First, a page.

by An Ordinary Man (the novel)
My seventh-grade health teacher cautioned our class that none of us were likely to have an original thought in our lifetimes – not because we were exceptionally dim-witted, but because virtually every thought worth thinking has already been thought of. So I was not surprised to see an article on CNN.com confrming a pet theory regarding marital satisfaction I advanced in my novel, An Ordinary Man – that of “mateness points.” As explained by the protagonist, Richard Wilson, to his wife Liz:
“It has to do with what I’ve been calling mateness points.”
“Maintenance points? What are those?”
“No, not maintenance – mateness; mateness points.” He chuckled; she could be fun. “Matability. I don’t know; I’m going to have to coin a term if this idea has any legs. Anyway, the idea is that each female assigns each male a certain number of these points, based upon whatever makes males attractive to her, just as each male assigns them to each female based upon whatever makes females attractive to him. A guy would give points for beauty, grace, wit and style, along with intelligence and, you know, whatever. Same thing with a woman; she’ll assign points as she sees fit, and only those guys with a certain number of points will get the time of day from her. Let’s say her threshold is five hundred points; she’d obviously like Mr. Wonderful, who has maybe a thousand, but Mr. Wonderful isn’t likely to look at her because he wants more points than she is likely to have. If she’s only looking for five hundred, she’s probably a little down-market for him, so even if she does snag Mr. Wonderful, it’ll only be for a night or two. He’ll drop her as soon as a girl with more points comes along.
“Of course all kinds of complications arise. People give themselves too many points, don’t give others enough points, base their points on attributes not as meaningful as they think, don’t give the same attributes the same point values, et cetera. It’s like a cosmic balance with really funky counterweights. But the bottom line is the scale must balance, or look like it’s balanced to the couple involved. If it’s not, one of them is going to become dissatisfied at some point and cause trouble. So you strive for as many points as possible in your mate, but if you overreach, you won’t have enough points to sustain his commitment.”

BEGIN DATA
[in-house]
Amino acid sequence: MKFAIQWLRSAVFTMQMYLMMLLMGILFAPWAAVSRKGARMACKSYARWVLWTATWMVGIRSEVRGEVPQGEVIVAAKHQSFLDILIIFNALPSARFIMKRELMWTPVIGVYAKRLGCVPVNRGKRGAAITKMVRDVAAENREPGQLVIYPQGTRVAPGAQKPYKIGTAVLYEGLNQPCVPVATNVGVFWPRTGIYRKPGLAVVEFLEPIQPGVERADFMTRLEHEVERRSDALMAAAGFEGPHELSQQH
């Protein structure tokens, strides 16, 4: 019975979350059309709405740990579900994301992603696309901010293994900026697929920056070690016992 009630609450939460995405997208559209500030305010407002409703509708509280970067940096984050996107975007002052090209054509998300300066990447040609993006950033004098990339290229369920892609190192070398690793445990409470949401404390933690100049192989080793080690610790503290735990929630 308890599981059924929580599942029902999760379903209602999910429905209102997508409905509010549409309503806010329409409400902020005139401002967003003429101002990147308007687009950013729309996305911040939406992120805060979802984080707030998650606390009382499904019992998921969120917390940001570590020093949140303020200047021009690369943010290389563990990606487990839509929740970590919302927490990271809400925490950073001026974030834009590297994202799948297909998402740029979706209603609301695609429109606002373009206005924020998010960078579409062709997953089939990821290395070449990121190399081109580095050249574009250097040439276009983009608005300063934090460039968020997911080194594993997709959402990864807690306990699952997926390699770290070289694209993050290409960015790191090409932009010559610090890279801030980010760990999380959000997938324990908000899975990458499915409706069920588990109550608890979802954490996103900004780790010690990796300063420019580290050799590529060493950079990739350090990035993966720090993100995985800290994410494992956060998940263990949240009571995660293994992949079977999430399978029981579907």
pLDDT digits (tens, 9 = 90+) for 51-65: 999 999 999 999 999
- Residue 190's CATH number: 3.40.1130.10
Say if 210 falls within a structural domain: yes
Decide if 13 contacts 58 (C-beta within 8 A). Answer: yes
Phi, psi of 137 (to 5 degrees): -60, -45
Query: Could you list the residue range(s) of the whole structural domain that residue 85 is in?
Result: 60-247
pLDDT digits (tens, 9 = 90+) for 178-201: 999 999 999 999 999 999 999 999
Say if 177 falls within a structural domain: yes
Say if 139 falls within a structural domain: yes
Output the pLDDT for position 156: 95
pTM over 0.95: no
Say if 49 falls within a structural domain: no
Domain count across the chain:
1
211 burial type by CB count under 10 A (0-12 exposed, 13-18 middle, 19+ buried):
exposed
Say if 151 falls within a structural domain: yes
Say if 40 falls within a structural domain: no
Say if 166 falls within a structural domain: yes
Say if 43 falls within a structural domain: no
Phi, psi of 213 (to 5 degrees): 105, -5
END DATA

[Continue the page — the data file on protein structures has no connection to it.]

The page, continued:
“So the tipping point is when the couple’s mateness points balance gets out of whack?”
“So how many points did I have when you met me?”
“You? You were way up there. And that might be part of the problem. I wanted a high number, but wasn’t that high myself, so I fooled you into thinking I had more.”
“You had enough.”
“Thank you, but the metric can change as the relationship progresses. Sometimes points are gained, other times they are lost. I have a feeling I’ve lost points. Andrew obviously thought he had points to spare.”
“So is that what you think women do, go around calculating point values and then offering themselves to the highest they think they can get?”
“Not consciously, no. Well, some do. But I do think, I do believe, that there is at least some residual deep-seated instinct guiding a woman’s response to men. It only makes sense, to me anyway. But it’s time for me to go to work.”
It turns out, as CNN.com points out, that “[i]n social psychology, there is a classic theory called ‘exchange theory.’ It is a bit cold-blooded, but it predicts that a person’s actions will be based on trying to find a balance of give and get. Each person’s resources — of all kinds, including money, looks, background — are traded back and forth for a ‘good deal.’ For example, a ‘good deal’ scenario could be a woman who makes an excellent living pairing up with a man who is a writer and is willing to work at home and be the primary child care person.”
It’s not cold-blooded; it’s how we work. Well, maybe that is a bit cold-blooded.